|Publication number||US6573941 B1|
|Application number||US 10/127,743|
|Publication date||Jun 3, 2003|
|Filing date||Apr 22, 2002|
|Priority date||Apr 22, 2002|
|Publication number||10127743, 127743, US 6573941 B1, US 6573941B1, US-B1-6573941, US6573941 B1, US6573941B1|
|Inventors||Donald Henry Willis, Shu Lin|
|Original Assignee||Thomson Licensing Sa|
|Export Citation||BiBTeX, EndNote, RefMan|
|Patent Citations (11), Referenced by (15), Classifications (19), Legal Events (4)|
|External Links: USPTO, USPTO Assignment, Espacenet|
The present invention generally relates to low bit rate transmissions and, more particularly, to a method and apparatus for providing format conversion of video to enable low bit rate compression of non-progressive video.
Video fields are sometimes interlaced to enable serial video bit streams to be sent over networks. Interlacing includes sending alternating fields of video successively over a link. Video streams may be identified as progressive or non-progressive. Progressive video includes pairs of successive fields where there is no object motion between pairs of successive fields. Non-progressive video can include fields where there is object motion between successive pairs of fields. Progressive frames can easily be format converted; however, format converting non-progressive video does not enjoy the same capability. Instead, non-progressive video is much more difficult to format convert without significant loss in vertical resolution.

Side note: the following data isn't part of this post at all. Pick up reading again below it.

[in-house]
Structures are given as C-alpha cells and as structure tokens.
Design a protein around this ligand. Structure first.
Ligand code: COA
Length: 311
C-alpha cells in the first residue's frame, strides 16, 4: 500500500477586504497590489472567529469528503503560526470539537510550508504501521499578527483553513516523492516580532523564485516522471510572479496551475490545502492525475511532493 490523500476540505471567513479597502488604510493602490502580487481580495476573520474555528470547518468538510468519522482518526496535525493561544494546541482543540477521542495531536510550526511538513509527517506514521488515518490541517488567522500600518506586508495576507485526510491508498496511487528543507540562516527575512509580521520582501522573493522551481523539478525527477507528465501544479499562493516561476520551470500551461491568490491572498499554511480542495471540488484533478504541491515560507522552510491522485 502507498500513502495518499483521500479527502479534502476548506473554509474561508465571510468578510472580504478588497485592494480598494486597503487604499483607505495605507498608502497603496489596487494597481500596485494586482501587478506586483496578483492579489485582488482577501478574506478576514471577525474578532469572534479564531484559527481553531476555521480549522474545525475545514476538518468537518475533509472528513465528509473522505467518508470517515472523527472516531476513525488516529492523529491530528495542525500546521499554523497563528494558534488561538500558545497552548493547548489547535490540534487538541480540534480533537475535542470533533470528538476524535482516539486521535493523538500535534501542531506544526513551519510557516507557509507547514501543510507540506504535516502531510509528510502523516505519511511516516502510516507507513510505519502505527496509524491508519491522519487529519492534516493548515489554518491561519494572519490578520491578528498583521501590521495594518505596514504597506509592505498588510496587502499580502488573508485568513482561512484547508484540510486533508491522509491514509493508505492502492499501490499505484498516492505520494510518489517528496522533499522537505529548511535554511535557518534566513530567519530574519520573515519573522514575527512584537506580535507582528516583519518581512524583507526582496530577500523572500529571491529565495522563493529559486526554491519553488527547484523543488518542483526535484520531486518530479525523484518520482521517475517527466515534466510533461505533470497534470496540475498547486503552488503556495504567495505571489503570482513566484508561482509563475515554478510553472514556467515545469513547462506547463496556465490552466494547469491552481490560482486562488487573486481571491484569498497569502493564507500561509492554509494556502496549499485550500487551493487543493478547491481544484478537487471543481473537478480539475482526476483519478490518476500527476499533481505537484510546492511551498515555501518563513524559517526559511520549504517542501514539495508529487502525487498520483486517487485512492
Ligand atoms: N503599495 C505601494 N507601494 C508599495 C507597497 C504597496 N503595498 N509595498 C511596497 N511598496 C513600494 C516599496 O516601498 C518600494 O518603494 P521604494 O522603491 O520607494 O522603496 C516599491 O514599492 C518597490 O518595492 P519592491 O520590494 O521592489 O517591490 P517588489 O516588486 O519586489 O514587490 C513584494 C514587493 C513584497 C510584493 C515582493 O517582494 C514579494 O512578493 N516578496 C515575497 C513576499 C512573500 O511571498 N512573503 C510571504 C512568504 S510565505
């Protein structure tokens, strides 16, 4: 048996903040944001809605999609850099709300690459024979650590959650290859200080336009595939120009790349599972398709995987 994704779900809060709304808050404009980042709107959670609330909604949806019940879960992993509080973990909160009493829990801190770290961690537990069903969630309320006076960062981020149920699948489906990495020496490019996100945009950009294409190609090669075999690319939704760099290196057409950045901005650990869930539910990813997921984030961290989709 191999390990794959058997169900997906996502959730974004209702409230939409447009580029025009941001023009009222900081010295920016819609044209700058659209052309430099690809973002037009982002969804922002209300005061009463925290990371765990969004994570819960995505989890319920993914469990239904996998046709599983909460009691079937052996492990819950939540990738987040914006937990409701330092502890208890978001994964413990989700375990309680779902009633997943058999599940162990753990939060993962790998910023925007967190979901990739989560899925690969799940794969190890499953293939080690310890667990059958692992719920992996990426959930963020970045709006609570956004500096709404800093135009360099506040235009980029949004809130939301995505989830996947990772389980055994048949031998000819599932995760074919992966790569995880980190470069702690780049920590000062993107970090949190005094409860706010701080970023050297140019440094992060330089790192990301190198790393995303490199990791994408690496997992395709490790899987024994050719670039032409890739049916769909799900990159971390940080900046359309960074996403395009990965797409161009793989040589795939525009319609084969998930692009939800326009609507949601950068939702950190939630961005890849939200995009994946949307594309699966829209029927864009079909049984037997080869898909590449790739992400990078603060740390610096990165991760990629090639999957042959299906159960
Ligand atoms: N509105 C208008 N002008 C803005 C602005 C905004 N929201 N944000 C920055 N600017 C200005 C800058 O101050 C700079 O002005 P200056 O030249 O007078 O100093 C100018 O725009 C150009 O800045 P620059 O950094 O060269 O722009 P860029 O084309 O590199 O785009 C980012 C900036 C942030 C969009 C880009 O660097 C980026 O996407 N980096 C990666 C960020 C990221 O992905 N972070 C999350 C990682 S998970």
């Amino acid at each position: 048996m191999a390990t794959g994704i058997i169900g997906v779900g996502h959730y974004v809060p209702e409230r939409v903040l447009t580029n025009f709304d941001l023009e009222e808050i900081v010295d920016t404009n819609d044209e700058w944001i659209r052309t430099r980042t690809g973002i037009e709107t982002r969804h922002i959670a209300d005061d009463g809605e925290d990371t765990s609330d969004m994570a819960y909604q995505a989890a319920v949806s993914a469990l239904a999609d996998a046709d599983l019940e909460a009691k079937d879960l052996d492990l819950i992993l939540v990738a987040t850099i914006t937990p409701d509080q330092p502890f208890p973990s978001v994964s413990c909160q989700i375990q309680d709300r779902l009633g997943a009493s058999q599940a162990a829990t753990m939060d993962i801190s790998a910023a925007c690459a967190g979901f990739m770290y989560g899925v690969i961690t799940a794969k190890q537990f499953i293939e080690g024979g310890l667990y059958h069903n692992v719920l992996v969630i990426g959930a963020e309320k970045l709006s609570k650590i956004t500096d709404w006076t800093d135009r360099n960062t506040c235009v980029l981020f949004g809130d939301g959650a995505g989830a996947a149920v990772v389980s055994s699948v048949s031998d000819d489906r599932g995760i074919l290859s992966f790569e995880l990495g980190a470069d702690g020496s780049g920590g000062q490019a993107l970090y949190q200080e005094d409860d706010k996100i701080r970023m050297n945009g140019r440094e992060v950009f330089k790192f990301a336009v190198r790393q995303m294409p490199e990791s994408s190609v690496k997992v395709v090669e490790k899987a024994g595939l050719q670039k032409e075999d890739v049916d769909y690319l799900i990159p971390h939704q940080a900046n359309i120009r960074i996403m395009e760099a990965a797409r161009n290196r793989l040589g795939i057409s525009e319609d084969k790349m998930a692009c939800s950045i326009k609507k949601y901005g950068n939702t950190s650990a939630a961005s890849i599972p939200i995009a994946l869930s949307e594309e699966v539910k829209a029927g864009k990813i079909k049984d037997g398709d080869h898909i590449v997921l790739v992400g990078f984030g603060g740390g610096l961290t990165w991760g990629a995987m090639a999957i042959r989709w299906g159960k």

One approach to this downconverting is to use intra-field interpolation to convert 240-line incoming fields to 120-line fields. The resulting 240 interlaced (240i) video is compressed, transmitted, and decompressed. The 240i video is then intra-field converted by vertical interpolation to 240-line fields of a 480i signal and displayed. The vertical resolution suffers, especially in comparison to 240 progressive picture processing. Diagonal edges of moving objects are jagged, as well.